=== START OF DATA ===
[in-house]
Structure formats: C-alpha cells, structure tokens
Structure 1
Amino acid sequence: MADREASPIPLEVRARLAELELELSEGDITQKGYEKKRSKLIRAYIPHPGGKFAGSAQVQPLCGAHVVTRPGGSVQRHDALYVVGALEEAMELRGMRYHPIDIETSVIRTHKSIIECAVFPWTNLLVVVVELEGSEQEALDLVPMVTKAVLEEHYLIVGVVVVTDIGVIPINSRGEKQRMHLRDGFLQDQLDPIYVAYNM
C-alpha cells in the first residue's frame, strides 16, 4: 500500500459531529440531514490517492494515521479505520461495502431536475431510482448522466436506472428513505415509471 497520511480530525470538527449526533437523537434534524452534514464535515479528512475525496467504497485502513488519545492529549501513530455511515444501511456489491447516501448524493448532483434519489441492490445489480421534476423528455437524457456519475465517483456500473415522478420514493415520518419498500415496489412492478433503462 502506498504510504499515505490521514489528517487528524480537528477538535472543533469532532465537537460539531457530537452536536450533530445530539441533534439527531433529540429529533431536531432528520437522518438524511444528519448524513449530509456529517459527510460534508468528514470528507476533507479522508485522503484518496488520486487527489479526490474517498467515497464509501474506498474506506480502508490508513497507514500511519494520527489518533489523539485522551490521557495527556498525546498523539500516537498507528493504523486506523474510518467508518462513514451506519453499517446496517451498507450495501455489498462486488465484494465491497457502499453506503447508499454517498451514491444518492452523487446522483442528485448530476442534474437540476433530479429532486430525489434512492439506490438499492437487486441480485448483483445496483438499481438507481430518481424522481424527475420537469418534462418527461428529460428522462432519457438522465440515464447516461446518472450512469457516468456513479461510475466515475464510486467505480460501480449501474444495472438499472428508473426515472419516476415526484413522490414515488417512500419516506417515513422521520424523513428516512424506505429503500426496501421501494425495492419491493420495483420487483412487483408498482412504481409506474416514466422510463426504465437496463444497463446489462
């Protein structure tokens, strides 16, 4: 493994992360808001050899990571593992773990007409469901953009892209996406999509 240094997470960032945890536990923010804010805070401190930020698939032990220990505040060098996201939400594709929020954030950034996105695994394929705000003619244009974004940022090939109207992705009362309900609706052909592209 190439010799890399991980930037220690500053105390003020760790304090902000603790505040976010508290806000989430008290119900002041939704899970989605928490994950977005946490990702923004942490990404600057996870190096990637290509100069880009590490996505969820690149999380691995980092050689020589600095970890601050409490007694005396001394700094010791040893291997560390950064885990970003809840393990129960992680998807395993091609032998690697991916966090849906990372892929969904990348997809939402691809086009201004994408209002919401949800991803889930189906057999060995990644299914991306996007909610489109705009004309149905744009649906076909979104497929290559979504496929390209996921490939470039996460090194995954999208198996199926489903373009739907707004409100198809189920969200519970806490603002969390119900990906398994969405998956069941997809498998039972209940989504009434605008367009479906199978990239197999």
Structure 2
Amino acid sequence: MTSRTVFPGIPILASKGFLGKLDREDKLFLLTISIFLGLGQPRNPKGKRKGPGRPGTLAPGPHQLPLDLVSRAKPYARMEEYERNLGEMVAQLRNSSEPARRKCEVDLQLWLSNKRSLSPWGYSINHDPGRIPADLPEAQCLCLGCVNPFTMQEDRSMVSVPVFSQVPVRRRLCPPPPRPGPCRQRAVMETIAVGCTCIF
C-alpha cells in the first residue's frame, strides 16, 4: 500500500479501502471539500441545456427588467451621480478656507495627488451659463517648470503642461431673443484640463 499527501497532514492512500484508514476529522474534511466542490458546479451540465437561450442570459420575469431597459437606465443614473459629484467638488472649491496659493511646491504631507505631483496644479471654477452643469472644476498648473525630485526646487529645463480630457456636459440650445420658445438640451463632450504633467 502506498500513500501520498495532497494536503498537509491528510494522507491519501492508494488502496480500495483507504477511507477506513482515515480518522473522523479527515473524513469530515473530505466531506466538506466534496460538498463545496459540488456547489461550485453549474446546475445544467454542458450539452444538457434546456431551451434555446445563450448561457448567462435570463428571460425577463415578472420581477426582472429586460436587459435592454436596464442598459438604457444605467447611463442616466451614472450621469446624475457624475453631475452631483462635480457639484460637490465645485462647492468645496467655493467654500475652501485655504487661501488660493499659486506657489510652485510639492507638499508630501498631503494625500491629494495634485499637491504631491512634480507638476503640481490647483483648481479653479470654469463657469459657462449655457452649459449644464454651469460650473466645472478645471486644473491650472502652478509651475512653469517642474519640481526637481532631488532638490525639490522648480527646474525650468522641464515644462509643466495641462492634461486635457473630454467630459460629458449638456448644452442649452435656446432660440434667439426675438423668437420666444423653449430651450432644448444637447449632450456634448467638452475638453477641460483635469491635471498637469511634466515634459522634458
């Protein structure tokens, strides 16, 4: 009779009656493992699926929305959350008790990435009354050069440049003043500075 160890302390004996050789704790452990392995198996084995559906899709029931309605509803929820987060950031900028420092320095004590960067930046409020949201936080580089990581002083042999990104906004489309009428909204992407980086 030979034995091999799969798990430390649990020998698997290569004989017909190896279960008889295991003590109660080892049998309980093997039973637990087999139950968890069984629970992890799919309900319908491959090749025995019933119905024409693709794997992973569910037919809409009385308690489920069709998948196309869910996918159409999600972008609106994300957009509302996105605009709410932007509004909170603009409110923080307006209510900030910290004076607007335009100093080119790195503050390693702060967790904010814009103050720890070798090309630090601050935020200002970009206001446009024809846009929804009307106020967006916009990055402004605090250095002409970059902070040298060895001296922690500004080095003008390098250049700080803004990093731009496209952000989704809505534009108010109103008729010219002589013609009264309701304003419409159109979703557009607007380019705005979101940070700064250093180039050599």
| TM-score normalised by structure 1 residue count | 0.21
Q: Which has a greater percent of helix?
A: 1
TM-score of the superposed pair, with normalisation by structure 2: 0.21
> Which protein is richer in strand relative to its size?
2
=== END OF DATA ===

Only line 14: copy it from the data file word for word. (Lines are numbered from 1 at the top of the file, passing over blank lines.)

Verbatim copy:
TM-score of the superposed pair, with normalisation by structure 2: 0.21